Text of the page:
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Shutting down Line 5 would cause Canada "grave harm" and violate its treaty rights, government lawyers argued Monday as the federal government rejoined the legal fray over the controversial cross-border oil and gas pipeline.
An amicus brief filed with the U.S. Court of Appeals for the Seventh Circuit marked Ottawa's first foray into the ongoing legal dispute in Wisconsin, and its second since Michigan mounted a similar challenge in 2020.
A Wisconsin court order issued in June gave Calgary-based Enbridge Inc. just three years — and not a day more — to reroute the pipeline around territory belonging to the Bad River Band of Lake Superior Chippewa.
Enbridge's operations on Bad River territory "must cease" on June 16, 2026, regardless of whether the 66-kilometre detour around the reserve is complete, Wisconsin district court Judge William Conley ruled.
Both sides are now appealing that decision.
Canada has long argued that any court-ordered shutdown would violate a 1977 treaty with the U.S. designed to ensure the continuing and uninterrupted flow of energy in both directions across the border.
Conley's ruling "violates Canada's rights under the 1977 treaty; it usurps the ongoing treaty dispute resolution process between the government of Canada and the government of the United States; and it would cause grave harm to Canada and the broader public interest," the brief reads.
"The district court's shutdown injunction should be vacated, or at least substantially modified, to comply with the 1977 treaty."
The brief goes on to insist the federal government is committed to reconciliation and defending the rights of Indigenous Peoples in Canada, and "respects the rights and interests" of their counterparts in the U.S.
Canada also supports "co-operative and expeditious efforts" to reroute the pipeline away from the reservation — a goal that's eminently achievable without resorting to a shutdown, it continues.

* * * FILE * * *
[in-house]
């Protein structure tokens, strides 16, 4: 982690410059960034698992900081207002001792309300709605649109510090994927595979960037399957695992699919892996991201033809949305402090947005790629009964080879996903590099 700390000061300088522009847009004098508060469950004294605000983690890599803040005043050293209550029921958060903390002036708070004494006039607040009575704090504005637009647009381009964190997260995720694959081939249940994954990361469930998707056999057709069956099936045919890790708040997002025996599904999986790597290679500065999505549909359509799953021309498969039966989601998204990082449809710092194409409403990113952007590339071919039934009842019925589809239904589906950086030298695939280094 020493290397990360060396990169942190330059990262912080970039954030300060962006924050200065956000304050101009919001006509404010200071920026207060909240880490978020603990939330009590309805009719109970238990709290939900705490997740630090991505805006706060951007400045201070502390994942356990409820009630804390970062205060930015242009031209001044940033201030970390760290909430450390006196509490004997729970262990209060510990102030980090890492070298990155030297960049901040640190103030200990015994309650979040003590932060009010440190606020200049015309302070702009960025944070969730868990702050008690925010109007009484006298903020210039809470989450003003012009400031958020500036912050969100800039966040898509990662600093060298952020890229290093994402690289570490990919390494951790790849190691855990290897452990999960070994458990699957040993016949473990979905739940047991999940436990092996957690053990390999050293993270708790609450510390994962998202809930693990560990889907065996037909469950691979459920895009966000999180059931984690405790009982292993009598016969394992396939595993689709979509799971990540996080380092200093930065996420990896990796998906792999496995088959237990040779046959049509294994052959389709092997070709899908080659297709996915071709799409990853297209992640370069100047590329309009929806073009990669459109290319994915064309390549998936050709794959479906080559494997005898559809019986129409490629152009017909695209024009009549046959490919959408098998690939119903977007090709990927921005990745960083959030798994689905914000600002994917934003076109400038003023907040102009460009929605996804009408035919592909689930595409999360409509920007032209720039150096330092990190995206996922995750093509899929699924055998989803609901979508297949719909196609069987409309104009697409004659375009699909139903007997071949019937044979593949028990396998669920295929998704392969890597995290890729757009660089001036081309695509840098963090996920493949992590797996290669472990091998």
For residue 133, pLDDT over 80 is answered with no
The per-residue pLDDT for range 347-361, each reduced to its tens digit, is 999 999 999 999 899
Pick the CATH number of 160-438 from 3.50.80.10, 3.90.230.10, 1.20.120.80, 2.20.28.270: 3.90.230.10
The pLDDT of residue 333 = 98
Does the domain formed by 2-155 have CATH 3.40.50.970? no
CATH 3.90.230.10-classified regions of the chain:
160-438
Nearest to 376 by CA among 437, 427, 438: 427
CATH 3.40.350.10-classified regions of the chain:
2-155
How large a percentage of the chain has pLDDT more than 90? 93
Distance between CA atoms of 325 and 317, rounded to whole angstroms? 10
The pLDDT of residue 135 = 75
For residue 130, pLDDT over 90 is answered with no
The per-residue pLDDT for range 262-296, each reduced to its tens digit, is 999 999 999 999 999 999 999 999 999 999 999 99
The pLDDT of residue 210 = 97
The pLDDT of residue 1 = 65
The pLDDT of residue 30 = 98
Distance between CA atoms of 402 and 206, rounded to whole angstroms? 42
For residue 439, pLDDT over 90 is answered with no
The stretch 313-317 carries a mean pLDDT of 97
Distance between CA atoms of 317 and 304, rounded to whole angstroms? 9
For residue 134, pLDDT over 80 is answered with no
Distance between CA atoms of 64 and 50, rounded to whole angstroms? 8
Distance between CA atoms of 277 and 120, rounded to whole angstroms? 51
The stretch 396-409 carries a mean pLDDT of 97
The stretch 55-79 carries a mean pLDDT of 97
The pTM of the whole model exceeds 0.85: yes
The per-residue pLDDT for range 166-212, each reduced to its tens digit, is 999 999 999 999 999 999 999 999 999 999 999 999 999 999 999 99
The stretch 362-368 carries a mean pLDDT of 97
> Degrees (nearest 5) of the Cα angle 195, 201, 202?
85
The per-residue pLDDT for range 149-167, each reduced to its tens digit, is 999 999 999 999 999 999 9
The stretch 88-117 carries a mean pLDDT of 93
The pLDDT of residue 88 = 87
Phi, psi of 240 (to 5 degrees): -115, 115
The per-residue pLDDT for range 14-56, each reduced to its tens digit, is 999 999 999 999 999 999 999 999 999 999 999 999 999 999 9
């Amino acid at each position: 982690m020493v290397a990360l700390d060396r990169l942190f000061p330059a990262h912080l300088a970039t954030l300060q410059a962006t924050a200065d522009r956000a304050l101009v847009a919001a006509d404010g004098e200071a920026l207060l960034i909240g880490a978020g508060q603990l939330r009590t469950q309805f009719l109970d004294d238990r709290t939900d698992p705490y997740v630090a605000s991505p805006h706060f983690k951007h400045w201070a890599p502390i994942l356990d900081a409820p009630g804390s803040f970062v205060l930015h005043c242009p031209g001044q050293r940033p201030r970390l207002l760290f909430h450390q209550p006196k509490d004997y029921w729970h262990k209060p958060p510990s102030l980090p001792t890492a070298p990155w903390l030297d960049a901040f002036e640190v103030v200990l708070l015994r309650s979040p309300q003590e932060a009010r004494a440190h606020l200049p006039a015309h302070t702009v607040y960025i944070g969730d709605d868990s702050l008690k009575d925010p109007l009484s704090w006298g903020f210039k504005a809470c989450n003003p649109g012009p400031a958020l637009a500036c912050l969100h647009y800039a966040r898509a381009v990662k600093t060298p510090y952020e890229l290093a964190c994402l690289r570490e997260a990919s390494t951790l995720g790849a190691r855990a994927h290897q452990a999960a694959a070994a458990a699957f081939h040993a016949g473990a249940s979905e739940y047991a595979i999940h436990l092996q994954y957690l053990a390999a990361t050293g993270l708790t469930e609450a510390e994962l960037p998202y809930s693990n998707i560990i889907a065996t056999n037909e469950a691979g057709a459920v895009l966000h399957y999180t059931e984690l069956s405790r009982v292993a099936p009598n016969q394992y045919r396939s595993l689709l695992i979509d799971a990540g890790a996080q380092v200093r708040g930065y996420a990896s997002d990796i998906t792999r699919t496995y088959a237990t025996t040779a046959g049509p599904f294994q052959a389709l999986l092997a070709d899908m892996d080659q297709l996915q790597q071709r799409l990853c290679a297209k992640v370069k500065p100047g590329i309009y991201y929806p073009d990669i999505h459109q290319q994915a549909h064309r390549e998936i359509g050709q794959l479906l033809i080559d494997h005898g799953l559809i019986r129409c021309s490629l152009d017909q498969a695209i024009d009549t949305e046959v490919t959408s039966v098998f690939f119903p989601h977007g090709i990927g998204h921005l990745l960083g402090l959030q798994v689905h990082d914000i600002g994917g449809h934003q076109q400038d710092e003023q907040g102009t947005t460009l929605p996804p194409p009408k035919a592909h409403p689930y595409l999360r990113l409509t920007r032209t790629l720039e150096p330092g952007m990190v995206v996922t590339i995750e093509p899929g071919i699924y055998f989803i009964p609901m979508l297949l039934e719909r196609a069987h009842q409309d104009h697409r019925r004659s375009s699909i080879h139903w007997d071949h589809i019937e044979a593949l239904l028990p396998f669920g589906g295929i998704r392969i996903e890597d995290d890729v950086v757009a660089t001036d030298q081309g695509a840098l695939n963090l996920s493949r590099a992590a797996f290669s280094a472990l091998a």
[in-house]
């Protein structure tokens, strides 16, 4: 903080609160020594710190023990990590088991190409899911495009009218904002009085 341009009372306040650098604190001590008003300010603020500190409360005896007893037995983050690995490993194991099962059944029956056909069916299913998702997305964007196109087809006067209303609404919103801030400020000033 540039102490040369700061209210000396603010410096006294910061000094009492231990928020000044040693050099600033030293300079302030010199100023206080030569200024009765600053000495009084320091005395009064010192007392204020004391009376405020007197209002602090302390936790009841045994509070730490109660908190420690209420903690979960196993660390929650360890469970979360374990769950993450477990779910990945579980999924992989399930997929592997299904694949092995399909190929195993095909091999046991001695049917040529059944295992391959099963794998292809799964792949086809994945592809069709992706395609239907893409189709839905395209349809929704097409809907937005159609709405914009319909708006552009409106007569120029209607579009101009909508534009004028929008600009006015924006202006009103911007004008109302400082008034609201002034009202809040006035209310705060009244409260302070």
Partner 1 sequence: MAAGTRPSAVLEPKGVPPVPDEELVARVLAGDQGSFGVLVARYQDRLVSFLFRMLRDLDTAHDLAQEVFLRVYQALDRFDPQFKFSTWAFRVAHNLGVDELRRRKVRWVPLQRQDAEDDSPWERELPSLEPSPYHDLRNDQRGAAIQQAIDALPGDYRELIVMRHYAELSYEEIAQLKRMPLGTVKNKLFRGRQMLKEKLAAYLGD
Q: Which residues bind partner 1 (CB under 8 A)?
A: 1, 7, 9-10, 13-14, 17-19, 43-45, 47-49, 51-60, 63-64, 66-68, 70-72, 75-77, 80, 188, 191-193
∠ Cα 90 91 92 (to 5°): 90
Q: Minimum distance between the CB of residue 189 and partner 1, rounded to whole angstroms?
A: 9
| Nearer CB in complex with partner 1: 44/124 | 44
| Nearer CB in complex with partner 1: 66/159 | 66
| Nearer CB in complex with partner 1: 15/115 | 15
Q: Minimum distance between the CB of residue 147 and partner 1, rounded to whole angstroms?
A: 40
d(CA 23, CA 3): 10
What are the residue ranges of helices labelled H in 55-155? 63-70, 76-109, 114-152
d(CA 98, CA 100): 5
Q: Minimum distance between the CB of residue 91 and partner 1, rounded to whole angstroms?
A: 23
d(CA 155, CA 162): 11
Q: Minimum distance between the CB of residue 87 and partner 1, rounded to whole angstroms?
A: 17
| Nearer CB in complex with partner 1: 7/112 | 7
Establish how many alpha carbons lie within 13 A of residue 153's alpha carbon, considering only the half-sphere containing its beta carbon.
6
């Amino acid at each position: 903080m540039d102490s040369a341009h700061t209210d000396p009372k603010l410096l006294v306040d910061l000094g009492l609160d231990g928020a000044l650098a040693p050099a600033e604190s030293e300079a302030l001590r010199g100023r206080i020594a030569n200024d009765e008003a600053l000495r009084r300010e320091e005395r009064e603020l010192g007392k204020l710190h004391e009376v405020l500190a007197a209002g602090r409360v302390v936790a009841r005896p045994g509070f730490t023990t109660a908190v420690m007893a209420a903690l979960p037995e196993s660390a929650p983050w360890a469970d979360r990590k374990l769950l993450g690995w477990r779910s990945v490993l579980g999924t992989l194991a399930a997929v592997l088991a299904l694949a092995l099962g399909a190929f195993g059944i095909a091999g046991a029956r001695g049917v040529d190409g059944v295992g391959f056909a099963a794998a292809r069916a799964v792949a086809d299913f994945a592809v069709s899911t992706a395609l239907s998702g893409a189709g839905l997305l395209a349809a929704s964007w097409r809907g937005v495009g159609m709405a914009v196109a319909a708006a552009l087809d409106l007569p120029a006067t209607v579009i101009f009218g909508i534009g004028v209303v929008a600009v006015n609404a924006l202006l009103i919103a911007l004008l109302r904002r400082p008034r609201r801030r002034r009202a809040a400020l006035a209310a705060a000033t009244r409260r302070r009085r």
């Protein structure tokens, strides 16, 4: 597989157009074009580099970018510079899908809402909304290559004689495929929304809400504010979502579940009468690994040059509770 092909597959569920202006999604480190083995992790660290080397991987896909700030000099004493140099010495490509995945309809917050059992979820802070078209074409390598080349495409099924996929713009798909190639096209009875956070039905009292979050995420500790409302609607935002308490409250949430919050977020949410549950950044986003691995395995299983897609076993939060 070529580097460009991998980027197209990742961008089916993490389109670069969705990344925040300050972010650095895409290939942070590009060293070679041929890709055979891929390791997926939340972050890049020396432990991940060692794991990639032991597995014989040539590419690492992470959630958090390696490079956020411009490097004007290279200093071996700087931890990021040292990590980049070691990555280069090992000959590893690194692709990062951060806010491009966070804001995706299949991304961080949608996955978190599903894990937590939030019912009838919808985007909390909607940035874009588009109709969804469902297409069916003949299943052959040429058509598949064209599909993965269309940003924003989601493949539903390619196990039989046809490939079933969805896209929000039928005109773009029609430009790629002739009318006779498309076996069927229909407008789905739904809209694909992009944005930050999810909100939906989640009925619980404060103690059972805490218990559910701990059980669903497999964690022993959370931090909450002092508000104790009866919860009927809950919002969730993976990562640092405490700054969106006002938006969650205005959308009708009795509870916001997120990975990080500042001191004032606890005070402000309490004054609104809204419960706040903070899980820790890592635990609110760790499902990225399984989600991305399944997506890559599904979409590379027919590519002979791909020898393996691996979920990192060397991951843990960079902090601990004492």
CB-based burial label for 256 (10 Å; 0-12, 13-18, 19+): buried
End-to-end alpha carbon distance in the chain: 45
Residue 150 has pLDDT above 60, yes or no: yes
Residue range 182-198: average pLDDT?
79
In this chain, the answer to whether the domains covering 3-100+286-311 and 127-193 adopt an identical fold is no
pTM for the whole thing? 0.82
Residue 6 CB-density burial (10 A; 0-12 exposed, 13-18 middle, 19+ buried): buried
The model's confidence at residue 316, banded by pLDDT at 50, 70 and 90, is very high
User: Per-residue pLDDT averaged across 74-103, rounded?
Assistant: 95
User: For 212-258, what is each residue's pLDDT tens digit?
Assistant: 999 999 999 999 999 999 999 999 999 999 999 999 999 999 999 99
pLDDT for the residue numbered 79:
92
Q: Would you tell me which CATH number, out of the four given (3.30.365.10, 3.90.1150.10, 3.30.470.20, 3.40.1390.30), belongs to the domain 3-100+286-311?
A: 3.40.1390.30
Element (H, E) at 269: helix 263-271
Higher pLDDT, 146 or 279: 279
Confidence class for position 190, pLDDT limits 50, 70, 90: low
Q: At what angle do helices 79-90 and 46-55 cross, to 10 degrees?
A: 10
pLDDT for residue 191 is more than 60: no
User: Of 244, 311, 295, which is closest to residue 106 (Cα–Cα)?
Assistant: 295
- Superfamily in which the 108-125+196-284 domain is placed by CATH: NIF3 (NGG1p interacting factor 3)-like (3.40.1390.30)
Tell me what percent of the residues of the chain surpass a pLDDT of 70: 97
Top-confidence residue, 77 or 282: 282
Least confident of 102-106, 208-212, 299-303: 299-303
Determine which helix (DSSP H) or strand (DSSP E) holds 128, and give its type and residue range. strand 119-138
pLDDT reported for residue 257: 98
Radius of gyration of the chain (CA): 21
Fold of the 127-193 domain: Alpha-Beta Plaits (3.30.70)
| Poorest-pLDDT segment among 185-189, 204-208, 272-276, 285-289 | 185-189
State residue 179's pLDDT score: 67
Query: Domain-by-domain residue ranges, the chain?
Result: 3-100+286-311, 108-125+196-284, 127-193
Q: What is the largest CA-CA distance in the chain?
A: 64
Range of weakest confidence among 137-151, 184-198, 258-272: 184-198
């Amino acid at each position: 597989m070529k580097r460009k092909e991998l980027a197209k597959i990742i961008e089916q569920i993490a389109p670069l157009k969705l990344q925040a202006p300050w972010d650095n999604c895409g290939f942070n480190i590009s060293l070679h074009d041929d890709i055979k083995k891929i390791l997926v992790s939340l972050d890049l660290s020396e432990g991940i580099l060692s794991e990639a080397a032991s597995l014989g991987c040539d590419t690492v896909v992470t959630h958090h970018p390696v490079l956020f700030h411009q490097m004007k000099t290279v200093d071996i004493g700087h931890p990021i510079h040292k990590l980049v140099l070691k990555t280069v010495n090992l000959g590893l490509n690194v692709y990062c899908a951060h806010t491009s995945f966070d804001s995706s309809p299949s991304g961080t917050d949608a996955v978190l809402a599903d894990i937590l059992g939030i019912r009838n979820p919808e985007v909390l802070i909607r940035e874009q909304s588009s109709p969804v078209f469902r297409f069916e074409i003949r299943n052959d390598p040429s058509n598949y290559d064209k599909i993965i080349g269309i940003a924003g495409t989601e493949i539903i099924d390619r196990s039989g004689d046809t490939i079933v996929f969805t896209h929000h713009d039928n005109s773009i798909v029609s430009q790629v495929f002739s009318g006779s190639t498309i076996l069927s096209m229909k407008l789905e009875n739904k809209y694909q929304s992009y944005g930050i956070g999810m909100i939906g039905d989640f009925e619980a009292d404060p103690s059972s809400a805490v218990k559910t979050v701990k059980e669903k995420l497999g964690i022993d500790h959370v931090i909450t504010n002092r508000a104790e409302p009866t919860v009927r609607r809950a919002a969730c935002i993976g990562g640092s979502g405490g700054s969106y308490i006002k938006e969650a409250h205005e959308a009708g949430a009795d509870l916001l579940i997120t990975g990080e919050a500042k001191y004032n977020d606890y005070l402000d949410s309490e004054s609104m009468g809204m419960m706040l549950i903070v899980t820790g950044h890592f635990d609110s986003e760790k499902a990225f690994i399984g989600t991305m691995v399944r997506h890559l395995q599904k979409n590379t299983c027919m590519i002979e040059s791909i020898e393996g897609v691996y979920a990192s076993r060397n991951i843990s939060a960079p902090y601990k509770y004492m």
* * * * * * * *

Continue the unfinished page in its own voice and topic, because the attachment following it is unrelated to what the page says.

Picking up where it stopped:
Indigenous stakeholders were quick to note the irony of Canada complaining about a violation of its treaty rights.
"We bear all the risk and harm when the Line 5 dual pipelines rupture here in the Great Lakes," said Whitney Gravelle, president of the Bay Mills Indian Community in northern Michigan.
"Canada is setting a dangerous precedent that signals to the rest of the world it can unilaterally interfere in the treaty rights of other nations ... while ignoring the treaty obligations it has elsewhere, all for the sake of Enbridge's profits."
Beth Wallace, freshwater campaigns manager for the National Wildlife Federation, said Canada's argument "undermines U.S. laws and tribal treaties designed to protect water rights for all citizens."
Added Stefanie Tsoie, a lawyer for Earthjustice: "It's shameful to see the government of Canada trample Indigenous sovereignty and gamble with an oil spill in the Great Lakes."
Enbridge needs only federal and state regulatory approval, as well as the pipeline's continued operation, in order to get the detour completed. But it likely also needs more time, the brief argues.
And it takes issue with Conley's suggestion in his original decision that three years would be plenty of time for the North American marketplace to adapt to the potential reality of a Line 5 shutdown.